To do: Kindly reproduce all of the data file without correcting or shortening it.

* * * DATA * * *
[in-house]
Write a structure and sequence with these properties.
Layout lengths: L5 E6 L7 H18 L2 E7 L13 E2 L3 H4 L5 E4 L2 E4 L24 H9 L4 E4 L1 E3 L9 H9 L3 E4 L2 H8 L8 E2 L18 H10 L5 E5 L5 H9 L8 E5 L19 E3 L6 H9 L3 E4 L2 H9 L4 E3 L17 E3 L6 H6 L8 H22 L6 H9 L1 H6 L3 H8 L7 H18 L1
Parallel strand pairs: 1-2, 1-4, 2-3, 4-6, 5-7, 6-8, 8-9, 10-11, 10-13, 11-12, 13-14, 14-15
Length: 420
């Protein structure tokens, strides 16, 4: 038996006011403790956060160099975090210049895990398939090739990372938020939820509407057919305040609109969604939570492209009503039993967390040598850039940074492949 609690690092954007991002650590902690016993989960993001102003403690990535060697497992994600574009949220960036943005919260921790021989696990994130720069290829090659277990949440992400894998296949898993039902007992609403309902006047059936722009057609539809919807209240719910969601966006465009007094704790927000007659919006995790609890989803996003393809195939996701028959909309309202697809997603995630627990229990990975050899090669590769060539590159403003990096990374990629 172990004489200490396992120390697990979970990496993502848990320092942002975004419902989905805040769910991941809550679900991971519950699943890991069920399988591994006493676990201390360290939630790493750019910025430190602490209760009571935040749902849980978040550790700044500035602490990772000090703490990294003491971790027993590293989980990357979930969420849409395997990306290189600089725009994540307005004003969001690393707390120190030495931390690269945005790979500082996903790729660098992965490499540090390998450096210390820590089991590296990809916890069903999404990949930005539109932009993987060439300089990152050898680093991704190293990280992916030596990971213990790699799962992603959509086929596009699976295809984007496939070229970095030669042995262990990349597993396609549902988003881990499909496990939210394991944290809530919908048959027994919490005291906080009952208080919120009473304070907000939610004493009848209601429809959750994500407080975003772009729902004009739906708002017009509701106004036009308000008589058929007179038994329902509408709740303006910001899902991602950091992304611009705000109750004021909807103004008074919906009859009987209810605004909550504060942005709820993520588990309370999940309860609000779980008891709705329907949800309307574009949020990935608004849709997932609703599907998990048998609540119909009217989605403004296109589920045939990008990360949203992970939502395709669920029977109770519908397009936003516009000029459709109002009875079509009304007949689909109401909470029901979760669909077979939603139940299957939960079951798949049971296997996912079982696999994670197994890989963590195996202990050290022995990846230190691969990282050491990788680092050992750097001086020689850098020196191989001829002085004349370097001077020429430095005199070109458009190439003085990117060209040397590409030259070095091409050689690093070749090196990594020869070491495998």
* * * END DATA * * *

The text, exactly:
[in-house]
Write a structure and sequence with these properties.
Layout lengths: L5 E6 L7 H18 L2 E7 L13 E2 L3 H4 L5 E4 L2 E4 L24 H9 L4 E4 L1 E3 L9 H9 L3 E4 L2 H8 L8 E2 L18 H10 L5 E5 L5 H9 L8 E5 L19 E3 L6 H9 L3 E4 L2 H9 L4 E3 L17 E3 L6 H6 L8 H22 L6 H9 L1 H6 L3 H8 L7 H18 L1
Parallel strand pairs: 1-2, 1-4, 2-3, 4-6, 5-7, 6-8, 8-9, 10-11, 10-13, 11-12, 13-14, 14-15
Length: 420
């Protein structure tokens, strides 16, 4: 038996006011403790956060160099975090210049895990398939090739990372938020939820509407057919305040609109969604939570492209009503039993967390040598850039940074492949 609690690092954007991002650590902690016993989960993001102003403690990535060697497992994600574009949220960036943005919260921790021989696990994130720069290829090659277990949440992400894998296949898993039902007992609403309902006047059936722009057609539809919807209240719910969601966006465009007094704790927000007659919006995790609890989803996003393809195939996701028959909309309202697809997603995630627990229990990975050899090669590769060539590159403003990096990374990629 172990004489200490396992120390697990979970990496993502848990320092942002975004419902989905805040769910991941809550679900991971519950699943890991069920399988591994006493676990201390360290939630790493750019910025430190602490209760009571935040749902849980978040550790700044500035602490990772000090703490990294003491971790027993590293989980990357979930969420849409395997990306290189600089725009994540307005004003969001690393707390120190030495931390690269945005790979500082996903790729660098992965490499540090390998450096210390820590089991590296990809916890069903999404990949930005539109932009993987060439300089990152050898680093991704190293990280992916030596990971213990790699799962992603959509086929596009699976295809984007496939070229970095030669042995262990990349597993396609549902988003881990499909496990939210394991944290809530919908048959027994919490005291906080009952208080919120009473304070907000939610004493009848209601429809959750994500407080975003772009729902004009739906708002017009509701106004036009308000008589058929007179038994329902509408709740303006910001899902991602950091992304611009705000109750004021909807103004008074919906009859009987209810605004909550504060942005709820993520588990309370999940309860609000779980008891709705329907949800309307574009949020990935608004849709997932609703599907998990048998609540119909009217989605403004296109589920045939990008990360949203992970939502395709669920029977109770519908397009936003516009000029459709109002009875079509009304007949689909109401909470029901979760669909077979939603139940299957939960079951798949049971296997996912079982696999994670197994890989963590195996202990050290022995990846230190691969990282050491990788680092050992750097001086020689850098020196191989001829002085004349370097001077020429430095005199070109458009190439003085990117060209040397590409030259070095091409050689690093070749090196990594020869070491495998």